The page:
Goldman’s unwanted super-senior position
“The core of the SEC’s case is the allegation that one employee misled two professional investors by failing to disclose the role of another market participant in a transaction,” said Goldman CEO Lloyd Blankfein said in a recent message to employees. The firm “assumed risk in the deal, and we lost money,” he added.
But Goldman invested the money only because sales of the deal didn’t play out as planned, forcing Goldman to step up with its own money, people familiar with the matter say.
This is surely exactly right. We’ve already seen that it took Goldman a full five weeks after the deal closed just to wrap the 45% of the super-senior tranche that it did manage to get off its books — and it did so at the end of May 2007, when the mortgage market was hitting three-month highs and there was a lot of hope in the market that the early-2007 crash in the ABX index had been a short-lived aberration.
Here’s my theory of what happened: Goldman intended to wrap the super-senior tranche with ACA more or less at exactly the same time as the deal closed. But it couldn’t come to terms with ACA on the question of posting collateral: ACA, which only had a single-A rating even then, wanted a Berkshire Hathaway-style deal whereby it didn’t need to post collateral on a day-to-day basis and just needed to pay out once there was a credit event. That wasn’t acceptable to Goldman’s risk managers, which spent a good amount of time putting a deal together whereby ABN Amro would buy the wrap from ACA, and in turn would sell insurance to Goldman while posting collateral as necessary.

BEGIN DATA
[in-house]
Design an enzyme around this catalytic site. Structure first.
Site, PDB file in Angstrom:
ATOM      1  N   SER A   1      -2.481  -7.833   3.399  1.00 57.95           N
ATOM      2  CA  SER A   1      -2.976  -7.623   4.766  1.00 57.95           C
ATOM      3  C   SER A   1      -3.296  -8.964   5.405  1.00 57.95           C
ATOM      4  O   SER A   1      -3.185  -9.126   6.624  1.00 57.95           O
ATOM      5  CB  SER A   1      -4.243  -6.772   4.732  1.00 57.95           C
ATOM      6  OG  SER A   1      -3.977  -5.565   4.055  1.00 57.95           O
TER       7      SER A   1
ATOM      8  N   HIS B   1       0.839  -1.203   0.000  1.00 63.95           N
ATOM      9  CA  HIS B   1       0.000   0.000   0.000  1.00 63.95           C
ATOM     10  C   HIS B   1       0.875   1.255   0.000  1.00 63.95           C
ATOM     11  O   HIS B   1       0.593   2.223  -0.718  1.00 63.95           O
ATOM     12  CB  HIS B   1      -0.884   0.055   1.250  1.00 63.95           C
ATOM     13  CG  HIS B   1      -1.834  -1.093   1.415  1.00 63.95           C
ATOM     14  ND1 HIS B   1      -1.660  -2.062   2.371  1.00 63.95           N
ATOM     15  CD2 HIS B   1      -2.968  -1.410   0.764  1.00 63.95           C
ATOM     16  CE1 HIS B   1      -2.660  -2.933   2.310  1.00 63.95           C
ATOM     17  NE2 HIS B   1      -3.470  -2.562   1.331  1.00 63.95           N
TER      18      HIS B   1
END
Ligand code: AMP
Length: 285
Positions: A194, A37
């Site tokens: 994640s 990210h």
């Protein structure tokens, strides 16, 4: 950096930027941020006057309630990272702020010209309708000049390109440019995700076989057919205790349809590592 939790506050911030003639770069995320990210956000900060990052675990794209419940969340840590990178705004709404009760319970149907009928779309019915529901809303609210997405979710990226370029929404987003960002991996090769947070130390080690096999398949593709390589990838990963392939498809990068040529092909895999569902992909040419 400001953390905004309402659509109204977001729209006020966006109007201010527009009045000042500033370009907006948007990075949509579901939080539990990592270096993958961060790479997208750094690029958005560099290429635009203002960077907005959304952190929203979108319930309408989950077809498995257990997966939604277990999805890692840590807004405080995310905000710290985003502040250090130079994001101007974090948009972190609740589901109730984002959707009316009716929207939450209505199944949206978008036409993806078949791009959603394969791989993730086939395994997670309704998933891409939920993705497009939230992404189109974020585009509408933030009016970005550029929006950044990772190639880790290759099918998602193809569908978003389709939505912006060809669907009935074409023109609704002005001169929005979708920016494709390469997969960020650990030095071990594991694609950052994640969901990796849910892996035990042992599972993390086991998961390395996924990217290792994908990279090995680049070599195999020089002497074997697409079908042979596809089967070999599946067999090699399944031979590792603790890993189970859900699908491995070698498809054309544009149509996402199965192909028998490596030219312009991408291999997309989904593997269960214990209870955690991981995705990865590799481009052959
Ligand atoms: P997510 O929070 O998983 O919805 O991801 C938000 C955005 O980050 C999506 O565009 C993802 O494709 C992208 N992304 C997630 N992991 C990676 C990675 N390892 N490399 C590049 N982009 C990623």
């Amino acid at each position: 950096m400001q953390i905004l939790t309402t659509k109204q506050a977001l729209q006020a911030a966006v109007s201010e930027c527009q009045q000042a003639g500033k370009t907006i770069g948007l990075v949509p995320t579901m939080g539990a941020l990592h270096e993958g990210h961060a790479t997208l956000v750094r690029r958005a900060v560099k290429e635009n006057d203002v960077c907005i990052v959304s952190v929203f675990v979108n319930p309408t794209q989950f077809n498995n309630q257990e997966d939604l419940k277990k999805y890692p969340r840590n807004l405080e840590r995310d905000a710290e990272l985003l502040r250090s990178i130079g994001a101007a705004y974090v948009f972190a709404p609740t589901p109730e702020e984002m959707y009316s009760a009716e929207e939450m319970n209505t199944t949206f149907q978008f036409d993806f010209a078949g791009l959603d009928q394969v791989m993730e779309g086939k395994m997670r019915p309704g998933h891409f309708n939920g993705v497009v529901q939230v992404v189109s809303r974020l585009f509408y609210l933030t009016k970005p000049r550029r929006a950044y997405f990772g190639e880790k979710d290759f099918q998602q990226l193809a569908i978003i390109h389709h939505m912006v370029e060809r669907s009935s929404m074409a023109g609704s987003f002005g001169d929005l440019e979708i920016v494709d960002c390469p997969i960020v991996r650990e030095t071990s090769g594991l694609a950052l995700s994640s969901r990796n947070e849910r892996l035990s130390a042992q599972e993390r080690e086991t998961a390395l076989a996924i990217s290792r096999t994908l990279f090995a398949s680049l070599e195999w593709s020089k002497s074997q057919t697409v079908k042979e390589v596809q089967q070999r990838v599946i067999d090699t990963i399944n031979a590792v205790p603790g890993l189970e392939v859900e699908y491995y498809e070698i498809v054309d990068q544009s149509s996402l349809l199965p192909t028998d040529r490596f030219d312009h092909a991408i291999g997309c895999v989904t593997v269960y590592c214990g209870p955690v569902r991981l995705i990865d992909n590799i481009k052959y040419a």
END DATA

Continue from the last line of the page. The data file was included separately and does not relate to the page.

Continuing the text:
But the price rose when Goldman had to go through ABN Amro, and so Goldman ended up offloading only the top 45% of the 50% super-senior tranche. The rest it kept on its own books as a trading position, looking to sell that unwanted long position on an opportunistic basis.
And then Goldman ran out of time: before it could sell the position, the structure had started imploding, and Goldman was stuck with $90+ million of losses.
Which now Blankfein and Goldman are trying to turn into some kind of virtue.
This is one of those things a bit like the argument saying that ACA rejected half of Paulson’s picks: making the argument involves making a subtle implication that the case would be stronger were these facts not true. Is Goldman saying that the SEC’s case would be stronger if ACA had not rejected any of Paulson’s picks? Is it saying that the SEC’s case would be stronger if Goldman had managed to wrap the whole super-senior tranche and had ended up making a profit on the deal? Because it’s pretty obvious that Goldman would have been perfectly happy with the outcome in both those cases, and still wouldn’t have disclosed anything more than it did.
Of course, you can’t sue a bank for not disclosing information in a hypothetical deal which never actually happened. But the legal case is only half the point, and not even the more important half. The ethical case is what matters, and Goldman’s doing a very bad job of answering that one.